BMWK, have you put a 401(k)/403(b) or Roth IRA to work for you?

About the author

Alonzo Peters wrote 292 articles on this blog.

Alonzo Peters is founder of MochaMoney.com, a personal finance website dedicated to helping Black America achieve financial independence.

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  1. Pingback: 5 Super Smart Things to Do with Your Refund Check – Cafe Mocha Radio

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5 Super Smart Things to Do with Your Refund Check

BY: - 27 Feb '17 | Money

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Last year the average taxpayer received a federal tax refund of nearly $3200. Having received such a large check in the past, I can fully appreciate the temptations to spend the money on something “fun”. We all work hard for our money so a new toy or vacation should be considered reasonable. Right?

But, if you can resist the temptation to splurge, your IRS “windfall” offers a unique opportunity to significantly bolster your financial situation.

1. Unshackle yourself from debt

Debt is the modern form of slavery, and the average household is drowning in nearly $7,000 of credit card debt. Worst of all, the interest on such debt is money that you’re literally throwing out the window. Eliminating $3,000 of credit card debt with an 18% percent annual interest rate would save you nearly $540 every single year in interest charges. This makes paying off such high interest debt one of the best investments you can make.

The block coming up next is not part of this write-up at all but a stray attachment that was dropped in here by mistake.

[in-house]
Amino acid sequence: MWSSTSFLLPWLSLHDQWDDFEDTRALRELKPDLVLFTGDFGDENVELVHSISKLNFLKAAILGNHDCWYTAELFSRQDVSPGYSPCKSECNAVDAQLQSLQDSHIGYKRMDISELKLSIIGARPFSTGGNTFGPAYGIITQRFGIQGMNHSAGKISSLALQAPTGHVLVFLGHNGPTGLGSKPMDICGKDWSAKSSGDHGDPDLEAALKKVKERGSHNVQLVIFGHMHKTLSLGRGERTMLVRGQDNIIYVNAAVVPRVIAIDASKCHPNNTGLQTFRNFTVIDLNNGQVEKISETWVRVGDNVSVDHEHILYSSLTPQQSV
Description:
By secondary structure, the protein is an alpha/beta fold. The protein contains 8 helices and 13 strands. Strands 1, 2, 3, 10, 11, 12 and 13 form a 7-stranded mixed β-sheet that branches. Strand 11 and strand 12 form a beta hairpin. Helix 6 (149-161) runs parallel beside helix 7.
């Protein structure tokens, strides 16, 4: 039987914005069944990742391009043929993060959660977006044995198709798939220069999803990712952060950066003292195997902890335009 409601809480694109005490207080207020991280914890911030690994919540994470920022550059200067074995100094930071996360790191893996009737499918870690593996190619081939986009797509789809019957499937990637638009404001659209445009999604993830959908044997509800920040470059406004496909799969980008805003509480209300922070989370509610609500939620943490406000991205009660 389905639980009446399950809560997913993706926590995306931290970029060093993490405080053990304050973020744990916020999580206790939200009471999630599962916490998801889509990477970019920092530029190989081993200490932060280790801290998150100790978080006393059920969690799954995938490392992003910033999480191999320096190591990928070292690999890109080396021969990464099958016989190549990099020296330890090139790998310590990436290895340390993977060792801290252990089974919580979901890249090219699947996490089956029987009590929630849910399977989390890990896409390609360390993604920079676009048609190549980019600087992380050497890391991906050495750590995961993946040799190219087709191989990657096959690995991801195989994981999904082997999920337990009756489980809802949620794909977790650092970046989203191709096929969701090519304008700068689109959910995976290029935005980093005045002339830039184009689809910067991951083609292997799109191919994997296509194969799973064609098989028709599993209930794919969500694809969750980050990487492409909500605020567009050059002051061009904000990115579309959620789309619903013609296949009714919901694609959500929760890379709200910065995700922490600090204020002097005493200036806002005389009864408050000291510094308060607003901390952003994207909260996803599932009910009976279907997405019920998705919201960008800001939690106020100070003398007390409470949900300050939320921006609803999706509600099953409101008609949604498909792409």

2. Take the first step to becoming a millionaire

You can’t become financially independent without planting your financial seeds. As we discussed previously, small sums invested consistently can snowball into large amounts if given enough time. Unfortunately, 56% of Americans have less than $10,000 saved for retirement. Consider investing your refund in an investment vehicle like a Roth IRA every year so that you can retire comfortably, instead of having to live your Golden Years relying on meager social security payments.

3. Provide yourself with the gift of peace of mind